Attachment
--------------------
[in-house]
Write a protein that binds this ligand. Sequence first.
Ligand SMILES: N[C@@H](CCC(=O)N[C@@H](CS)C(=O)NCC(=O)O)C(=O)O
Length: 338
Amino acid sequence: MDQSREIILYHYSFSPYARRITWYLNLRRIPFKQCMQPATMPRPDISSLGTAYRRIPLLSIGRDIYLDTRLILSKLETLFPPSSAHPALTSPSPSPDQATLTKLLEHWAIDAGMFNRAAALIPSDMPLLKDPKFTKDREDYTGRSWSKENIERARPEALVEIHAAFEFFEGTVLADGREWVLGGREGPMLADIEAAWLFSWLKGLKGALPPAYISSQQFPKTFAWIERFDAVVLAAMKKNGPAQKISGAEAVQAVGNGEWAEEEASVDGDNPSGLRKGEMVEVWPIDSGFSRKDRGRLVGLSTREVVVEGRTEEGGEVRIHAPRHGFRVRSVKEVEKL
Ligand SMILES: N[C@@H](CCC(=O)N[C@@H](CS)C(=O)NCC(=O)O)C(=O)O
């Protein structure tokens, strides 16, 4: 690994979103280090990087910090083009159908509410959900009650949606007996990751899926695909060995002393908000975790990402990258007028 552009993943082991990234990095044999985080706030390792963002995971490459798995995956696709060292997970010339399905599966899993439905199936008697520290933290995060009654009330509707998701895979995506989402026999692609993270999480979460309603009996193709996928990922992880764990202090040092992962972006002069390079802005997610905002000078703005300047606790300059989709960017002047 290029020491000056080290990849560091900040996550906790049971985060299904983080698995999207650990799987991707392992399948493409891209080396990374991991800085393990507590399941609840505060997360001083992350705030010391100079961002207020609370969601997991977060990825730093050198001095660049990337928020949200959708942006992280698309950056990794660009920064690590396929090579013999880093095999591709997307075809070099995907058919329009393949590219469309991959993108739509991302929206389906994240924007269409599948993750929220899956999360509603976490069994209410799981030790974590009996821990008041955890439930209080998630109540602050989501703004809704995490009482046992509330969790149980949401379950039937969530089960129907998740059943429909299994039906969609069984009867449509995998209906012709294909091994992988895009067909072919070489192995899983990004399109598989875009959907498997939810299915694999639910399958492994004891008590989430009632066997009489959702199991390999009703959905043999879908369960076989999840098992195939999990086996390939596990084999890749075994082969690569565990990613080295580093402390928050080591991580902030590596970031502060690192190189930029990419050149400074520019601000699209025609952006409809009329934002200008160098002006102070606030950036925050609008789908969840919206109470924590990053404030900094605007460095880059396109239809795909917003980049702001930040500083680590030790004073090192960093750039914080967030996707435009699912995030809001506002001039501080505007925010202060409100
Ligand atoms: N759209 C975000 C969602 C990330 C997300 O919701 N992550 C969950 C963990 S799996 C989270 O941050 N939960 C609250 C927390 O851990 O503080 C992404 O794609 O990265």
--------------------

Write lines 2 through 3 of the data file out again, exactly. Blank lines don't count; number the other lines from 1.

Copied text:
Write a protein that binds this ligand. Sequence first.
Ligand SMILES: N[C@@H](CCC(=O)N[C@@H](CS)C(=O)NCC(=O)O)C(=O)O